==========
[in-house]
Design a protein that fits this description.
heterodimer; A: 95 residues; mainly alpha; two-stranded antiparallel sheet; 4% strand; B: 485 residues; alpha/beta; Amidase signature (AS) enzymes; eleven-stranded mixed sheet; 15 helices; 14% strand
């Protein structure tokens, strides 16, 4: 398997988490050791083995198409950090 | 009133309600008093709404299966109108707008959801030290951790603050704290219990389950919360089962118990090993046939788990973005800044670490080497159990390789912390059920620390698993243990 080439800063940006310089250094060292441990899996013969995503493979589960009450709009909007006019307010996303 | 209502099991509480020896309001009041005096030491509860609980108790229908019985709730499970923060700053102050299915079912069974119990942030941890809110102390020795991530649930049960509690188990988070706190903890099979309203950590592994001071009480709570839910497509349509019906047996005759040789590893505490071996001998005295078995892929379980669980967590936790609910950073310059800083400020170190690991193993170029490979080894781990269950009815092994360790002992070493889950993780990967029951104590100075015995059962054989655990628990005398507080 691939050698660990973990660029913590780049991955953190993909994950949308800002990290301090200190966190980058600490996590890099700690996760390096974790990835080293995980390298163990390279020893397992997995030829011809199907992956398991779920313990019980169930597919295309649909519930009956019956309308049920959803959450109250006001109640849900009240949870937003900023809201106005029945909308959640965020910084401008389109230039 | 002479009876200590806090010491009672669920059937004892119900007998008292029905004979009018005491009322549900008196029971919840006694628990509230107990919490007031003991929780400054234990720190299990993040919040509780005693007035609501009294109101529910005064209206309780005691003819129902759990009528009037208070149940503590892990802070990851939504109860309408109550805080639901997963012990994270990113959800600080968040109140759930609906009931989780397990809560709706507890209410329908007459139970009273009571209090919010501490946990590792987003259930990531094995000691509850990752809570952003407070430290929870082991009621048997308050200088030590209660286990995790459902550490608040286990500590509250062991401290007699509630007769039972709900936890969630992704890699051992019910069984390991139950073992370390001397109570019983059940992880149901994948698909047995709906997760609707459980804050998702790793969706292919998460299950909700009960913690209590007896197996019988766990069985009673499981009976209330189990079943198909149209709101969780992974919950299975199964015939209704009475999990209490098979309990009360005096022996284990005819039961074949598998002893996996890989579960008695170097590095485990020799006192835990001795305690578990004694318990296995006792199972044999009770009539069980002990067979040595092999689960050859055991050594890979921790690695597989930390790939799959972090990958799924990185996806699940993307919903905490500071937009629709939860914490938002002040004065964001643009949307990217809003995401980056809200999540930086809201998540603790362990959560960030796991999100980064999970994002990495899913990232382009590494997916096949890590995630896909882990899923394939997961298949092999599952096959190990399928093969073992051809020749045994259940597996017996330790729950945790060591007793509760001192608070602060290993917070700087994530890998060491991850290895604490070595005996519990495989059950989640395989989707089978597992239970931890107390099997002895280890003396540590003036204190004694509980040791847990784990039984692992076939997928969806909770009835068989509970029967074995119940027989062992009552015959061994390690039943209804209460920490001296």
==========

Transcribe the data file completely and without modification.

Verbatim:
[in-house]
Design a protein that fits this description.
heterodimer; A: 95 residues; mainly alpha; two-stranded antiparallel sheet; 4% strand; B: 485 residues; alpha/beta; Amidase signature (AS) enzymes; eleven-stranded mixed sheet; 15 helices; 14% strand
């Protein structure tokens, strides 16, 4: 398997988490050791083995198409950090 | 009133309600008093709404299966109108707008959801030290951790603050704290219990389950919360089962118990090993046939788990973005800044670490080497159990390789912390059920620390698993243990 080439800063940006310089250094060292441990899996013969995503493979589960009450709009909007006019307010996303 | 209502099991509480020896309001009041005096030491509860609980108790229908019985709730499970923060700053102050299915079912069974119990942030941890809110102390020795991530649930049960509690188990988070706190903890099979309203950590592994001071009480709570839910497509349509019906047996005759040789590893505490071996001998005295078995892929379980669980967590936790609910950073310059800083400020170190690991193993170029490979080894781990269950009815092994360790002992070493889950993780990967029951104590100075015995059962054989655990628990005398507080 691939050698660990973990660029913590780049991955953190993909994950949308800002990290301090200190966190980058600490996590890099700690996760390096974790990835080293995980390298163990390279020893397992997995030829011809199907992956398991779920313990019980169930597919295309649909519930009956019956309308049920959803959450109250006001109640849900009240949870937003900023809201106005029945909308959640965020910084401008389109230039 | 002479009876200590806090010491009672669920059937004892119900007998008292029905004979009018005491009322549900008196029971919840006694628990509230107990919490007031003991929780400054234990720190299990993040919040509780005693007035609501009294109101529910005064209206309780005691003819129902759990009528009037208070149940503590892990802070990851939504109860309408109550805080639901997963012990994270990113959800600080968040109140759930609906009931989780397990809560709706507890209410329908007459139970009273009571209090919010501490946990590792987003259930990531094995000691509850990752809570952003407070430290929870082991009621048997308050200088030590209660286990995790459902550490608040286990500590509250062991401290007699509630007769039972709900936890969630992704890699051992019910069984390991139950073992370390001397109570019983059940992880149901994948698909047995709906997760609707459980804050998702790793969706292919998460299950909700009960913690209590007896197996019988766990069985009673499981009976209330189990079943198909149209709101969780992974919950299975199964015939209704009475999990209490098979309990009360005096022996284990005819039961074949598998002893996996890989579960008695170097590095485990020799006192835990001795305690578990004694318990296995006792199972044999009770009539069980002990067979040595092999689960050859055991050594890979921790690695597989930390790939799959972090990958799924990185996806699940993307919903905490500071937009629709939860914490938002002040004065964001643009949307990217809003995401980056809200999540930086809201998540603790362990959560960030796991999100980064999970994002990495899913990232382009590494997916096949890590995630896909882990899923394939997961298949092999599952096959190990399928093969073992051809020749045994259940597996017996330790729950945790060591007793509760001192608070602060290993917070700087994530890998060491991850290895604490070595005996519990495989059950989640395989989707089978597992239970931890107390099997002895280890003396540590003036204190004694509980040791847990784990039984692992076939997928969806909770009835068989509970029967074995119940027989062992009552015959061994390690039943209804209460920490001296």